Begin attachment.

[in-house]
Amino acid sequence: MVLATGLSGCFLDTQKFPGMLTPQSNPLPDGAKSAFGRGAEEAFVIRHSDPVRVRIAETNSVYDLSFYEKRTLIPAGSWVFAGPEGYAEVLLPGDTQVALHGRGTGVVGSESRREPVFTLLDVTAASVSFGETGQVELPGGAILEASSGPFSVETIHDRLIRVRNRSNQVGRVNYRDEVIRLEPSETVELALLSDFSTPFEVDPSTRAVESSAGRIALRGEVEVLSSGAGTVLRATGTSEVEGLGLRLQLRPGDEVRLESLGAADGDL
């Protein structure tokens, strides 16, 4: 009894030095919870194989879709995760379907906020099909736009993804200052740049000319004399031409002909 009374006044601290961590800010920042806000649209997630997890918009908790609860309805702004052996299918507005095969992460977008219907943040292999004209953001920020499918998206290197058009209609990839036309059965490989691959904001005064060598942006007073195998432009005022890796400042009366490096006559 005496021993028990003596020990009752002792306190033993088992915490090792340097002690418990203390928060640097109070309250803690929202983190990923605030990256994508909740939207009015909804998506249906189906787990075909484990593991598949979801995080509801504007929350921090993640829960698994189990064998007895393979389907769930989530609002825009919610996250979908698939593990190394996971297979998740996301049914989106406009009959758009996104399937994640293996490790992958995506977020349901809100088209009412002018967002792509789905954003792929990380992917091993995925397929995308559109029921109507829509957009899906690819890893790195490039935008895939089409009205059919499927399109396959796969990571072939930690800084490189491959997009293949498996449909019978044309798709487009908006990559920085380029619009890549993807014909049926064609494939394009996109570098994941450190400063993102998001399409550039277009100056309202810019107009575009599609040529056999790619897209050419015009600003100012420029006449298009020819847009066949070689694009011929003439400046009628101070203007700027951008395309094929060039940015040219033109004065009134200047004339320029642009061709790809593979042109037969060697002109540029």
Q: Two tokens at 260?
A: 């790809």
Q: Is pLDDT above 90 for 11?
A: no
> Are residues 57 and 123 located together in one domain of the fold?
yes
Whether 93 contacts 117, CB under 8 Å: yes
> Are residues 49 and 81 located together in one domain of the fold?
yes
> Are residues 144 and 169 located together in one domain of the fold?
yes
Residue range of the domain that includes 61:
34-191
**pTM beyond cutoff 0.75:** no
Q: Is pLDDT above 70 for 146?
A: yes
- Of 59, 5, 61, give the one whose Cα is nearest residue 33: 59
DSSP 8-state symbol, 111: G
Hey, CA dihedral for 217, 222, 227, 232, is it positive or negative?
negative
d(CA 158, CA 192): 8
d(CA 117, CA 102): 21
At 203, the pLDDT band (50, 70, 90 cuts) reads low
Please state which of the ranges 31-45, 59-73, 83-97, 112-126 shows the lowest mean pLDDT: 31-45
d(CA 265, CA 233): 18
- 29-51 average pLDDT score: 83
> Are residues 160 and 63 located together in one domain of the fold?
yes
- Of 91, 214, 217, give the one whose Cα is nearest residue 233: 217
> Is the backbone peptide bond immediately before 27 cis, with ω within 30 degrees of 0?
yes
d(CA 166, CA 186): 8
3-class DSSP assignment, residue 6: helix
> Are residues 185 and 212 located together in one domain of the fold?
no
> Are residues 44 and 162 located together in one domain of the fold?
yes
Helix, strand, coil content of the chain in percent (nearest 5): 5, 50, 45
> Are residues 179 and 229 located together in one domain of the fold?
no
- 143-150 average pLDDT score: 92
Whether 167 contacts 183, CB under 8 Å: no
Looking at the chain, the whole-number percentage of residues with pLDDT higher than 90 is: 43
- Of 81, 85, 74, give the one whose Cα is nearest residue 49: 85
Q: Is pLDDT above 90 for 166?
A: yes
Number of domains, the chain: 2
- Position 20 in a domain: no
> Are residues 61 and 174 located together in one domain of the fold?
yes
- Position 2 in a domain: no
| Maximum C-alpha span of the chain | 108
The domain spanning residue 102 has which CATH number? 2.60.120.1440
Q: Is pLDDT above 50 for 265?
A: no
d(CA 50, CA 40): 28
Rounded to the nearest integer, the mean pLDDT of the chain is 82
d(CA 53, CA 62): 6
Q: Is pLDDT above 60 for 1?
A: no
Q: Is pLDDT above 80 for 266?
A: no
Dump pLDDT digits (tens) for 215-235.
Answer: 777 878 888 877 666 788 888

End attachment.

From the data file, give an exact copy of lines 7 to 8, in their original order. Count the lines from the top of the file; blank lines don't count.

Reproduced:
A: no
> Are residues 57 and 123 located together in one domain of the fold?